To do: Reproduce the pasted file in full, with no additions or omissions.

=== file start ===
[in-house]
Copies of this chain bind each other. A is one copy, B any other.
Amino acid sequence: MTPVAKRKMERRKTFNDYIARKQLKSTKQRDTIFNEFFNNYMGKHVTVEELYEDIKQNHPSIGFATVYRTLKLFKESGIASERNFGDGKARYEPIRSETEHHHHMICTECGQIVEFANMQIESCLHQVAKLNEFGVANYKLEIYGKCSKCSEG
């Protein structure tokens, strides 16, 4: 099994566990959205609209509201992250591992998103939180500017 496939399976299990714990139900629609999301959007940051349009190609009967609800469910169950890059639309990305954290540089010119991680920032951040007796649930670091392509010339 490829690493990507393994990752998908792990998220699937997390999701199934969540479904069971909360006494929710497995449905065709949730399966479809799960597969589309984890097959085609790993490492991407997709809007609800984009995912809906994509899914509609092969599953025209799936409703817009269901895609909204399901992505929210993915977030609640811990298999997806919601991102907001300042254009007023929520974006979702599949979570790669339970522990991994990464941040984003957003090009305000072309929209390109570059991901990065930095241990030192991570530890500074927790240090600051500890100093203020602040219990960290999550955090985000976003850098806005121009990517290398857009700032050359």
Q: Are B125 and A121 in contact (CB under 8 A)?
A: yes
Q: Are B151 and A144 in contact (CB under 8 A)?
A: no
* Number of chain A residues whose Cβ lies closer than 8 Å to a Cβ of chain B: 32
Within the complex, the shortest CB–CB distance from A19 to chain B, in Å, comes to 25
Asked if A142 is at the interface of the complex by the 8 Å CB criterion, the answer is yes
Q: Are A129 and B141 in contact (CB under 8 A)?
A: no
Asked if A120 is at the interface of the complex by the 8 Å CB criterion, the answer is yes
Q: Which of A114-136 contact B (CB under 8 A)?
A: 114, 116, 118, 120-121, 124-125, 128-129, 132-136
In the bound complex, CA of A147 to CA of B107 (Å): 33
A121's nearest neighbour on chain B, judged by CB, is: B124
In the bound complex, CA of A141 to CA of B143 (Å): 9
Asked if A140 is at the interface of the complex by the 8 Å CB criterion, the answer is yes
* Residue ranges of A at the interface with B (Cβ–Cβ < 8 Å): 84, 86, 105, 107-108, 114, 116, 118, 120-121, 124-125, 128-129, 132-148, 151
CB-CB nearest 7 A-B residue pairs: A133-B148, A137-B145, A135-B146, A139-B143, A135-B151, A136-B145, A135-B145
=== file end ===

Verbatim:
[in-house]
Copies of this chain bind each other. A is one copy, B any other.
Amino acid sequence: MTPVAKRKMERRKTFNDYIARKQLKSTKQRDTIFNEFFNNYMGKHVTVEELYEDIKQNHPSIGFATVYRTLKLFKESGIASERNFGDGKARYEPIRSETEHHHHMICTECGQIVEFANMQIESCLHQVAKLNEFGVANYKLEIYGKCSKCSEG
């Protein structure tokens, strides 16, 4: 099994566990959205609209509201992250591992998103939180500017 496939399976299990714990139900629609999301959007940051349009190609009967609800469910169950890059639309990305954290540089010119991680920032951040007796649930670091392509010339 490829690493990507393994990752998908792990998220699937997390999701199934969540479904069971909360006494929710497995449905065709949730399966479809799960597969589309984890097959085609790993490492991407997709809007609800984009995912809906994509899914509609092969599953025209799936409703817009269901895609909204399901992505929210993915977030609640811990298999997806919601991102907001300042254009007023929520974006979702599949979570790669339970522990991994990464941040984003957003090009305000072309929209390109570059991901990065930095241990030192991570530890500074927790240090600051500890100093203020602040219990960290999550955090985000976003850098806005121009990517290398857009700032050359």
Q: Are B125 and A121 in contact (CB under 8 A)?
A: yes
Q: Are B151 and A144 in contact (CB under 8 A)?
A: no
* Number of chain A residues whose Cβ lies closer than 8 Å to a Cβ of chain B: 32
Within the complex, the shortest CB–CB distance from A19 to chain B, in Å, comes to 25
Asked if A142 is at the interface of the complex by the 8 Å CB criterion, the answer is yes
Q: Are A129 and B141 in contact (CB under 8 A)?
A: no
Asked if A120 is at the interface of the complex by the 8 Å CB criterion, the answer is yes
Q: Which of A114-136 contact B (CB under 8 A)?
A: 114, 116, 118, 120-121, 124-125, 128-129, 132-136
In the bound complex, CA of A147 to CA of B107 (Å): 33
A121's nearest neighbour on chain B, judged by CB, is: B124
In the bound complex, CA of A141 to CA of B143 (Å): 9
Asked if A140 is at the interface of the complex by the 8 Å CB criterion, the answer is yes
* Residue ranges of A at the interface with B (Cβ–Cβ < 8 Å): 84, 86, 105, 107-108, 114, 116, 118, 120-121, 124-125, 128-129, 132-148, 151
CB-CB nearest 7 A-B residue pairs: A133-B148, A137-B145, A135-B146, A139-B143, A135-B151, A136-B145, A135-B145